Every year we award the Baylis and Smith Prize to the best overall student in POL20010 International Relations and Security Studies. The prize is named in celebration of the leading text The Globalization of World Politics, which has become a standard textbook for international relations students. The winner gets a $150 Oxford University Press book voucher and a certificate. This year we are thrilled to announce that Adam Harris is the 2019 recipient. We asked Adam for his thoughts about security and international relations when he came in to show us the certificate (and endure the cheesy photo op!). Well done, Adam!
You’ve won this prize for POL20010 International Relations & Security Studies – so what do you think are the biggest security problems we face today?
Having undertaken this unit, I probably feel more uncertain or rather, have more questions surrounding what our biggest security issues are within the international context. Although there are bigger, overarching global security problems we covered in the unit, my interest is pointed towards the shifting dynamic of powerful and emerging nation states. I believe the implications of this shifting dynamic will have an impact well and truly beyond the defence and economic concerns often associated with it.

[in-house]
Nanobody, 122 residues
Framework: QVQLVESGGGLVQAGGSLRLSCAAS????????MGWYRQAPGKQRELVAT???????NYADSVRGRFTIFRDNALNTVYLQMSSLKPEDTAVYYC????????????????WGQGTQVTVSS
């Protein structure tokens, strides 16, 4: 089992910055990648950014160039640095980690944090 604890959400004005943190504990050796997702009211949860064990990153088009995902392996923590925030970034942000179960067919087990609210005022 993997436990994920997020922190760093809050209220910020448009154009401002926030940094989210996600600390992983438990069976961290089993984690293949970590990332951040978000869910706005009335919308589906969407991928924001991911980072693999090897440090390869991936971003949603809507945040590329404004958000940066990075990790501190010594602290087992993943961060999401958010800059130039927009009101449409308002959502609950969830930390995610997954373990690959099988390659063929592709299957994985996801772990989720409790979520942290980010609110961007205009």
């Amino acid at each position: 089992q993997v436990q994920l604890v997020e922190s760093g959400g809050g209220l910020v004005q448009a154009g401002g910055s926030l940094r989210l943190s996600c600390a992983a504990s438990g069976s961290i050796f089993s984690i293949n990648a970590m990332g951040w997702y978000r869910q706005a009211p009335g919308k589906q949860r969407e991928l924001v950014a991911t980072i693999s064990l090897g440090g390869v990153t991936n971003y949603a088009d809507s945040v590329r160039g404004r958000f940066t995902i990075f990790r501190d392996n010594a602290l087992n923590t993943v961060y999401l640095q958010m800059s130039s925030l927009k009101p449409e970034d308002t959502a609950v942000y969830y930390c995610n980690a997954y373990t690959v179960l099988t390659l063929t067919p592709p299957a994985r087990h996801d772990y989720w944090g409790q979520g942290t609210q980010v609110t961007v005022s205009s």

What was your favourite topic in this unit, both theory-wise and in terms of case study?
My favourite topics covered in the unit would be Social Constructivism in week 5 as the theory element and also looking at the role of technological advancements in both security and insecurity in week 10.
Although I’ve somewhat cemented myself into the more traditional theories of IR throughout my degree, Social Constructivism really stood as a theory that in my opinion, can benefit strategists and policy makers.
What books do you have your eye on from the OUP catalogue?
There’s a few books I have my eye set on from the OUP catalogue. One is Strategy in the Contemporary World by Baylis, Wirtz and Gray. Another that looks really interesting is Cyber Operations and the Use of Force in International Law by Marco Roscini. I think they’ll be my two choices.
What are you plans next?
Further study is definitely an option I’m considering. As far as career options are concerned I’m hoping to enter either the government or defence sectors in some capacity. Having come from an electrical background, any new role I end up in will be new and exciting I’m sure.